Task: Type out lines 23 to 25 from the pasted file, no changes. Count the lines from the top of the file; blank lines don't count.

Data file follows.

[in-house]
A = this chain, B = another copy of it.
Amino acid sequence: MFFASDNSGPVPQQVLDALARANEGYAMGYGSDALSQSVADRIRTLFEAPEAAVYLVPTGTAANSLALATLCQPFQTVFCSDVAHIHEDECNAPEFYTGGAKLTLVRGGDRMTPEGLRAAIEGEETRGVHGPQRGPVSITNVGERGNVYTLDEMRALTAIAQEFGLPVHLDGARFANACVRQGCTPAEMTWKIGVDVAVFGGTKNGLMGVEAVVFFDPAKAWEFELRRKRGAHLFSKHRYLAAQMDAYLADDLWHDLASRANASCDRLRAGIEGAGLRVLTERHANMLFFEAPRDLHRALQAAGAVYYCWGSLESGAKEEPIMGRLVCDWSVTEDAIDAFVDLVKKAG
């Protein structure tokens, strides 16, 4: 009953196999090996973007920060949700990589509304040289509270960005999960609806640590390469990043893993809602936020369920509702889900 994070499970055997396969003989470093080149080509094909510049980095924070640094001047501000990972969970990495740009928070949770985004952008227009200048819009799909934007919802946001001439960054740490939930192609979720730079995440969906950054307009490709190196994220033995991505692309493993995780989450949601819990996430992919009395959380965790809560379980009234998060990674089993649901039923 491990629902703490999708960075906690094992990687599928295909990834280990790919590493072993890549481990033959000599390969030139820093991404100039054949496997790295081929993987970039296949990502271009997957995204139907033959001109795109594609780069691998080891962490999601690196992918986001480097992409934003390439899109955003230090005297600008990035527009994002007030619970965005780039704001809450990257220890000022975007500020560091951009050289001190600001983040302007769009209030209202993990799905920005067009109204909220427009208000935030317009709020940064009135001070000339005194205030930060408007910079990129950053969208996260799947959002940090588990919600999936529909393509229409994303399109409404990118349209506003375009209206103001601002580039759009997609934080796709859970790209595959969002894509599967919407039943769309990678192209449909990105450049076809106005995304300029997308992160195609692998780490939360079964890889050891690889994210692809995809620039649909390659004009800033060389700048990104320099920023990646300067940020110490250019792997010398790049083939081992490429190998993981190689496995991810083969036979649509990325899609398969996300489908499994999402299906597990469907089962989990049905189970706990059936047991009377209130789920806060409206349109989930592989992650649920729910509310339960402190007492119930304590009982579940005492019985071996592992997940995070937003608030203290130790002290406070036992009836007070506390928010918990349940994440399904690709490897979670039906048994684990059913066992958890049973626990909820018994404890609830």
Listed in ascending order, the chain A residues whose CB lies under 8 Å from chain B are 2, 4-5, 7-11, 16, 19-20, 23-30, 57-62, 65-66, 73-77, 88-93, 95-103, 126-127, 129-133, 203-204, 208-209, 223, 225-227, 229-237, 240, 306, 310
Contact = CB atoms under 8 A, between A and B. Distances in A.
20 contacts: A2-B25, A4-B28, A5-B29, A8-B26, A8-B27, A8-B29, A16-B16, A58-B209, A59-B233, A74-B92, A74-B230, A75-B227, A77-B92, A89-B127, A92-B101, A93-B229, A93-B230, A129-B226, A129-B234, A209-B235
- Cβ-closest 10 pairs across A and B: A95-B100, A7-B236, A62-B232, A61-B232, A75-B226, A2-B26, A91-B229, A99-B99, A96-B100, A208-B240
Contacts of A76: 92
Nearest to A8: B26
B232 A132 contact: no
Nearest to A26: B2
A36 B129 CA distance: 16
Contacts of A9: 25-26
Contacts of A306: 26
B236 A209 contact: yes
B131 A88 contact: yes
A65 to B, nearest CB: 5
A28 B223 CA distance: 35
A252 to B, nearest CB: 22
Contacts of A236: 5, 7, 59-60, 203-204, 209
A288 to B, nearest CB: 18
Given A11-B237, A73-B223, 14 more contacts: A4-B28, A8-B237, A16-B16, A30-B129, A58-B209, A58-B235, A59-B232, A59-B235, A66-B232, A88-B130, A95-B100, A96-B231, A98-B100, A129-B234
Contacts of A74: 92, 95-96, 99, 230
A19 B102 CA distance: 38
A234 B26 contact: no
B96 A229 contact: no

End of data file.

Given A11-B237, A73-B223, 14 more contacts: A4-B28, A8-B237, A16-B16, A30-B129, A58-B209, A58-B235, A59-B232, A59-B235, A66-B232, A88-B130, A95-B100, A96-B231, A98-B100, A129-B234
Contacts of A74: 92, 95-96, 99, 230
A19 B102 CA distance: 38